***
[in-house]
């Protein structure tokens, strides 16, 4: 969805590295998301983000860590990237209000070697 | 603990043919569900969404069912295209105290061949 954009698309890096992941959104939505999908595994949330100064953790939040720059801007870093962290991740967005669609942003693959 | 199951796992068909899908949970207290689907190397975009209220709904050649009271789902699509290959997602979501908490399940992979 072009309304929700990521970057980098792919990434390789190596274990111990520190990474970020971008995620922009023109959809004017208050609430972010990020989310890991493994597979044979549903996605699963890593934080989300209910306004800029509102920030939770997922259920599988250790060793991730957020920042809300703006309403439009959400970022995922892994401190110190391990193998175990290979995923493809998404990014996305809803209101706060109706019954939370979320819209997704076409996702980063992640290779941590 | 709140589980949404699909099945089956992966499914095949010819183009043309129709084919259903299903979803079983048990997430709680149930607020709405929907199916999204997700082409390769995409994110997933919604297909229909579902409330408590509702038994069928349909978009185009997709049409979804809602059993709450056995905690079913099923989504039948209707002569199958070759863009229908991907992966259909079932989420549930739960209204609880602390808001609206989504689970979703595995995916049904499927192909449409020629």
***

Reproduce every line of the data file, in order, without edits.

[in-house]
């Protein structure tokens, strides 16, 4: 969805590295998301983000860590990237209000070697 | 603990043919569900969404069912295209105290061949 954009698309890096992941959104939505999908595994949330100064953790939040720059801007870093962290991740967005669609942003693959 | 199951796992068909899908949970207290689907190397975009209220709904050649009271789902699509290959997602979501908490399940992979 072009309304929700990521970057980098792919990434390789190596274990111990520190990474970020971008995620922009023109959809004017208050609430972010990020989310890991493994597979044979549903996605699963890593934080989300209910306004800029509102920030939770997922259920599988250790060793991730957020920042809300703006309403439009959400970022995922892994401190110190391990193998175990290979995923493809998404990014996305809803209101706060109706019954939370979320819209997704076409996702980063992640290779941590 | 709140589980949404699909099945089956992966499914095949010819183009043309129709084919259903299903979803079983048990997430709680149930607020709405929907199916999204997700082409390769995409994110997933919604297909229909579902409330408590509702038994069928349909978009185009997709049409979804809602059993709450056995905690079913099923989504039948209707002569199958070759863009229908991907992966259909079932989420549930739960209204609880602390808001609206989504689970979703595995995916049904499927192909449409020629």